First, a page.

Vietnamese furniture makers hit by dwindling timber supplies

By VnExpress   January 24, 2017 | 04:28 am PT
Vietnamese furniture makers hit by dwindling timber supplies
A worker at a plant that makes wood products for the country’s furniture industry. Photo by Reuters
Valuable wood that could be used by local carpenters is being shipped overseas.

Many Vietnamese furniture makers are struggling to win large orders from global retailers due to a significant shortage of wood.

It is estimated that local furniture firms use about 30 million cubic meters of solid wood and wood-based board materials each year, which translates as about 2.2 percent of all wood used commercially around the world.

About 67 percent of wood used in Vietnamese products is domestically sourced, mainly from defunct rubber plantations, while the remaining 33 percent, translating into around 10 million cubic meters, must be sourced from overseas.

In the meantime, data released by the Agriculture Ministry showed that last year Vietnam exported 8 million cubic meters of solid wood to neighboring China.

This clearly presents a supply problem.

Vietnam’s furniture exports have been growing steadily by 10-15 percent in recent years, said To Xuan Phuc, an industry expert from non-profit organization Forest Trends.

“Last year, Vietnam exported more than $7 billion worth of wood products, while global demand was estimated at $400 billion. There is potential for more growth,” said Duong Phuong Thao, a senior official from the trade ministry.

However, given the continuing high demand for timber, local furniture companies are faced with a significant shortage of materials.

Vietnam currently has 4,000 furniture makers and exporters and 93 percent of them are small-and medium-sized companies. These companies have struggled to fulfill large orders from retailers in the United States, the European Union and Japan,” said Huynh Van Hanh, vice chairman of Ho Chi Minh City’s Association of Handicraft and Wood Businesses.

Only 7 percent of Vietnamese furniture makers have managed to win large orders from global retailers, Hanh added.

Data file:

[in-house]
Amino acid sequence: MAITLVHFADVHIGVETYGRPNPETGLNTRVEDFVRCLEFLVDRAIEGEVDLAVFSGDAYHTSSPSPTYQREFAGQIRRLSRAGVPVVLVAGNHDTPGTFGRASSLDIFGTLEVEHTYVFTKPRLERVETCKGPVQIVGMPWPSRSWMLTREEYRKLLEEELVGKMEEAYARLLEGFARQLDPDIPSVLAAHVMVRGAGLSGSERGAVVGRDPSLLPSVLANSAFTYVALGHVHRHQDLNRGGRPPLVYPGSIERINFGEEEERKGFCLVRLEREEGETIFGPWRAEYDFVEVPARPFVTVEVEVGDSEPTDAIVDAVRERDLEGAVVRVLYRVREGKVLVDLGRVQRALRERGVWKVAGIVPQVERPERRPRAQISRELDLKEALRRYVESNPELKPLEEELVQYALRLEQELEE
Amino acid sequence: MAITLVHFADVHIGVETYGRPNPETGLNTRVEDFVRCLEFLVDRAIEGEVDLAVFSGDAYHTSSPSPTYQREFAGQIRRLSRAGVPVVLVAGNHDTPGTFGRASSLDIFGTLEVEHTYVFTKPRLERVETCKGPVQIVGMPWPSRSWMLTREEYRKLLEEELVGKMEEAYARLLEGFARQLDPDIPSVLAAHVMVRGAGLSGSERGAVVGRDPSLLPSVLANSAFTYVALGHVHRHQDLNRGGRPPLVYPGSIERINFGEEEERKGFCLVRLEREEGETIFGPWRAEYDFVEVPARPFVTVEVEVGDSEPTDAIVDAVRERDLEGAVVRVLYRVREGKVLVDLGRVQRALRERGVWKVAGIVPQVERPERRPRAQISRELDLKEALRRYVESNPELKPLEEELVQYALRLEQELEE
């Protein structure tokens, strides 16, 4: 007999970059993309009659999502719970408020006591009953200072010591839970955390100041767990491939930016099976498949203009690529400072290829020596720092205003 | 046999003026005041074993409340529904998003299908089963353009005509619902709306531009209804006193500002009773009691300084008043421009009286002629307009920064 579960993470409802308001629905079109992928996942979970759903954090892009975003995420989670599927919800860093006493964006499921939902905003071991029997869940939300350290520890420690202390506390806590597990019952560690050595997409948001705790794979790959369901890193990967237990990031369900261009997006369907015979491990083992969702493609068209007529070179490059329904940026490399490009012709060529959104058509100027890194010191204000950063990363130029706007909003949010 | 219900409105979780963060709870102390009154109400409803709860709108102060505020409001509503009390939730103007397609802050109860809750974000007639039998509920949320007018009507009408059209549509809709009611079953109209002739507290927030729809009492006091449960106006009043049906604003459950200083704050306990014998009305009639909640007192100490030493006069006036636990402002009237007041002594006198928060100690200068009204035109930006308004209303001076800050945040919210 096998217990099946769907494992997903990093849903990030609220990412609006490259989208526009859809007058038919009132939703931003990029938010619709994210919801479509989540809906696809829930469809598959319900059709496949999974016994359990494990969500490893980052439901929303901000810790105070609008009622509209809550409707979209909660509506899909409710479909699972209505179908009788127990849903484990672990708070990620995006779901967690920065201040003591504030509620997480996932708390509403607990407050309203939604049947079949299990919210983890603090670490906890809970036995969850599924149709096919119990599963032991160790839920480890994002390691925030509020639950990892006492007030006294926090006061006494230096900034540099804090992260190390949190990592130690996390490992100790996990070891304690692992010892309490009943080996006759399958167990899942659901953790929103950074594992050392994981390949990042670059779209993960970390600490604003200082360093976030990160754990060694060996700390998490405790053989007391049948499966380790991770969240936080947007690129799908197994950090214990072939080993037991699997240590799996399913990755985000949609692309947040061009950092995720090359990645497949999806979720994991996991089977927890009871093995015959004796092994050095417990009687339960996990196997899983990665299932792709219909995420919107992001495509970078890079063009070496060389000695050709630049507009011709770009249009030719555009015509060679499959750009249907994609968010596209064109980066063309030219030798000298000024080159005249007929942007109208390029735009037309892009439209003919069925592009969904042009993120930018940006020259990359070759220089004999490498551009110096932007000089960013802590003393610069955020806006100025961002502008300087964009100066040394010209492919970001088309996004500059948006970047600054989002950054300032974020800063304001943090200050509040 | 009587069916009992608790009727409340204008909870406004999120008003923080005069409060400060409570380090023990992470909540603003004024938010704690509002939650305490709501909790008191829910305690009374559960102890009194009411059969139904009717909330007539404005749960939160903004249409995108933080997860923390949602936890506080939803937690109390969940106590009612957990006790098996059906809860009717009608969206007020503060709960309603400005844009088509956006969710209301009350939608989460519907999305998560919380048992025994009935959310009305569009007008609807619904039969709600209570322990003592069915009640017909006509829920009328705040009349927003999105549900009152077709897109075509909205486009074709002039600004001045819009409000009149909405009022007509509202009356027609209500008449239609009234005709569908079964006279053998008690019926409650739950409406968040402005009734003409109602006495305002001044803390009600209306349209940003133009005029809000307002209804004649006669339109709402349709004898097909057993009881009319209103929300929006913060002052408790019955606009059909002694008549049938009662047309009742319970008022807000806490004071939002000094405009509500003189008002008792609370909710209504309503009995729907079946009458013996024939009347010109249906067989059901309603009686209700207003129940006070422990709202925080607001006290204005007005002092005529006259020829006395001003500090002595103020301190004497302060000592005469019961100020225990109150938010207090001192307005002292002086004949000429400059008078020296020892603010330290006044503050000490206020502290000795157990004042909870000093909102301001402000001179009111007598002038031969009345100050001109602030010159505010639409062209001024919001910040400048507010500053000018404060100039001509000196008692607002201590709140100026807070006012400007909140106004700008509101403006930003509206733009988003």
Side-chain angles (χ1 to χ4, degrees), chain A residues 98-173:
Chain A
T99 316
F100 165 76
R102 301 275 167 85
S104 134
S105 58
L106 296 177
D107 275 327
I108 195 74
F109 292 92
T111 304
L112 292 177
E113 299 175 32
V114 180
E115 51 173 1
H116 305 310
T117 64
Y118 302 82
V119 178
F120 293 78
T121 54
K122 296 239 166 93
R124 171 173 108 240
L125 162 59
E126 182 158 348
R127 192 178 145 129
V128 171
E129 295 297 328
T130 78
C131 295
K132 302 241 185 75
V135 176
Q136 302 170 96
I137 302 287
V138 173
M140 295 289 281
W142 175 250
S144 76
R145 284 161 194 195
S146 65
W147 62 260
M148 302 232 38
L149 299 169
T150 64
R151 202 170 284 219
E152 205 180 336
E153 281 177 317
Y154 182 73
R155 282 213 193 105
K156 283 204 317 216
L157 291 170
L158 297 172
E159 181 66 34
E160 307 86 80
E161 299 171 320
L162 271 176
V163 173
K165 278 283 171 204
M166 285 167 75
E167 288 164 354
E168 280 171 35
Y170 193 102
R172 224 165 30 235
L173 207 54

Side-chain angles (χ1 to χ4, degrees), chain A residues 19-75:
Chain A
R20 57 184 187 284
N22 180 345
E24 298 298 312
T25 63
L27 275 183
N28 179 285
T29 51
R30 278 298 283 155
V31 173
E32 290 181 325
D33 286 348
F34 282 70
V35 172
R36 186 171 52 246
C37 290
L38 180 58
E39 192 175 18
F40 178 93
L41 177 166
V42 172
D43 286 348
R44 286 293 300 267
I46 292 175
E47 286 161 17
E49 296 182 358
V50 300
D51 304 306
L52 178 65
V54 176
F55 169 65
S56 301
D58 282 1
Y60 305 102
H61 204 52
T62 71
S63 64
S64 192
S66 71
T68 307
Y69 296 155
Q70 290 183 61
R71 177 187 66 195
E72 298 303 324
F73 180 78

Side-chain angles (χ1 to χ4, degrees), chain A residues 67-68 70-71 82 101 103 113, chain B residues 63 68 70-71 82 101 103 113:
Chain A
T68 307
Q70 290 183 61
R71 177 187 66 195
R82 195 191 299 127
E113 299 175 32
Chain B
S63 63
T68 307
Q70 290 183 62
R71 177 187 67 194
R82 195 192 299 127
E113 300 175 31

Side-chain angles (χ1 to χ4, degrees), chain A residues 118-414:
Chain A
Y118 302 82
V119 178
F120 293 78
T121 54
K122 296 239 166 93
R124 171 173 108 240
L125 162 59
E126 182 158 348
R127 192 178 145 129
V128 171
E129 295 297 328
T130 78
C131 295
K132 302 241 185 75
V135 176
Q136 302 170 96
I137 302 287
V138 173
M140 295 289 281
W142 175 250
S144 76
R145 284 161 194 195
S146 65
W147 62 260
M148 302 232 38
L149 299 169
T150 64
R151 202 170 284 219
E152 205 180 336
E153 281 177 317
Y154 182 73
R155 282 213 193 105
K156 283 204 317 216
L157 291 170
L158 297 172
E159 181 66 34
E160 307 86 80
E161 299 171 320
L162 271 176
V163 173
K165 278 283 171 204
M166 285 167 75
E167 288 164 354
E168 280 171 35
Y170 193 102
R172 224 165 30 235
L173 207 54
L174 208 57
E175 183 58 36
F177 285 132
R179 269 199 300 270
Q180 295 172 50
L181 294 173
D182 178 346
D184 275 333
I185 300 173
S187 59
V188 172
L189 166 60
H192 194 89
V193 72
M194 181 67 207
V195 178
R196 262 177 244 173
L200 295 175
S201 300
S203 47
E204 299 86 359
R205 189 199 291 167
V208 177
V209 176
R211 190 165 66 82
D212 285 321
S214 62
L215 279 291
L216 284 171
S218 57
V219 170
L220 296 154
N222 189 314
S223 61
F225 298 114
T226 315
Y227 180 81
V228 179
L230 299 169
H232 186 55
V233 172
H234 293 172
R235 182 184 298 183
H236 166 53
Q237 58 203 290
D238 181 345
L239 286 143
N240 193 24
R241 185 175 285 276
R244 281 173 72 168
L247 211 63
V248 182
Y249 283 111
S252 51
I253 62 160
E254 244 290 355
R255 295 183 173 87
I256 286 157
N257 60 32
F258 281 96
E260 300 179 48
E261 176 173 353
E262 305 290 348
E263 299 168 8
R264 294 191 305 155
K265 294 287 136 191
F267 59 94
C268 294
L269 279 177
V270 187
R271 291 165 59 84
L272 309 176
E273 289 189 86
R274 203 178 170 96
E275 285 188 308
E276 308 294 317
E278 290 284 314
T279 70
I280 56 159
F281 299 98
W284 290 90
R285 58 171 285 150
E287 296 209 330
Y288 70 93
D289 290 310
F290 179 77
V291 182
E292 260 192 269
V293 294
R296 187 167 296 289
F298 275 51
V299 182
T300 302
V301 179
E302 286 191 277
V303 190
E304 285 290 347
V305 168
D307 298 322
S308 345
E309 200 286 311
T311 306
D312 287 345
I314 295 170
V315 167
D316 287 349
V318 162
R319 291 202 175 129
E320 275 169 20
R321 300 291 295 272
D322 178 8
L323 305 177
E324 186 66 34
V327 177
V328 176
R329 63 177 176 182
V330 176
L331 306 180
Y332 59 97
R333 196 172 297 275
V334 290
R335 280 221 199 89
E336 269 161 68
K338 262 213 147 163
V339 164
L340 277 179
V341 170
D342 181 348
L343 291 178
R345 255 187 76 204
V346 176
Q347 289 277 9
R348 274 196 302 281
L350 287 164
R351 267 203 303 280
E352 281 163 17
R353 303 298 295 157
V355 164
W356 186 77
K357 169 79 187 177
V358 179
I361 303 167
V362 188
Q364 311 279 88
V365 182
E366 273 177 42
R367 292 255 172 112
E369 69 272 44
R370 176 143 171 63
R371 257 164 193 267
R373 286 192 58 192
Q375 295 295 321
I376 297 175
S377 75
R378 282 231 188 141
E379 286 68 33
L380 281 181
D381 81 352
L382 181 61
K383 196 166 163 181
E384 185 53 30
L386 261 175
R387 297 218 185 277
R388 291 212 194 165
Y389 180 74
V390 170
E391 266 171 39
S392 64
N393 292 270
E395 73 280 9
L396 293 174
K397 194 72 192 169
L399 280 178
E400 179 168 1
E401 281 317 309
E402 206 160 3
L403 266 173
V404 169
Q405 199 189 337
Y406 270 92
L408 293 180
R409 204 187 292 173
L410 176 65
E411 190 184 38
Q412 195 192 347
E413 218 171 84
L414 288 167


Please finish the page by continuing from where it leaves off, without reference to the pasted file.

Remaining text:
Local companies believe that the government should throw its considerable weight behind a plan to develop a sustainable forestry system that can be expanded as demand for wood continues to grow.

Vietnam may hike tariffs on solid wood exports to 30–35 percent, the same level Cambodia and Thailand apply, to promote better forest management, end deforestation and help with timber supplies, said Huynh Kim Bau, assistant to the general manager of Saigon Furniture.

The Agriculture Ministry plans to develop 200,000 hectares of certified sustainable forests this year, and it is forecast that Vietnam will have 500,000 hectares of certified forests by 2020.

Dominance of Chinese furniture makers

A shortage of solid wood and wood-based materials is not the only problem facing Vietnamese furniture exporters.

Local firms mainly do outsourcing works for foreign furniture suppliers, most of which are Chinese, Hanh said.

Official statistics show that a third of foreign-invested companies in Vietnam’s furniture industry are Chinese.

In an attempt to dodge anti-dumping tariffs imposed by the U.S., Chinese furniture companies are flooding into Vietnam, relocating their manufacturing facilities and exporting to the U.S. from here.

Since 2015 the U.S. has imposed import tariffs on Chinese-made furniture including beds, nightstands and other wooden wares in an attempt to protect its domestic manufacturers from Chinese “dumping”, or the export of goods at unfairly low prices.

Ngo Sy Hoai, vice chairman of the Professional Association of Timber and Wood Products (Vifores), said the U.S. is currently imposing a tariff of between 55 and 120 percent on Chinese furniture, but there is no tariff on furniture imports from Vietnam.

Local woodwork factories in Vietnam are concerned that their businesses will suffer if they act as a shield for Chinese furniture companies from U.S. anti-dumping actions.

The fact that Vietnamese manufacturers may come under the radar of American anti-dumping investigators is obviously unwelcome as the U.S. has become Vietnam’s largest buyer. Vietnam’s furniture exports to the U.S. have reached more than $2 billion per year, equivalent to 30 percent of all exports.

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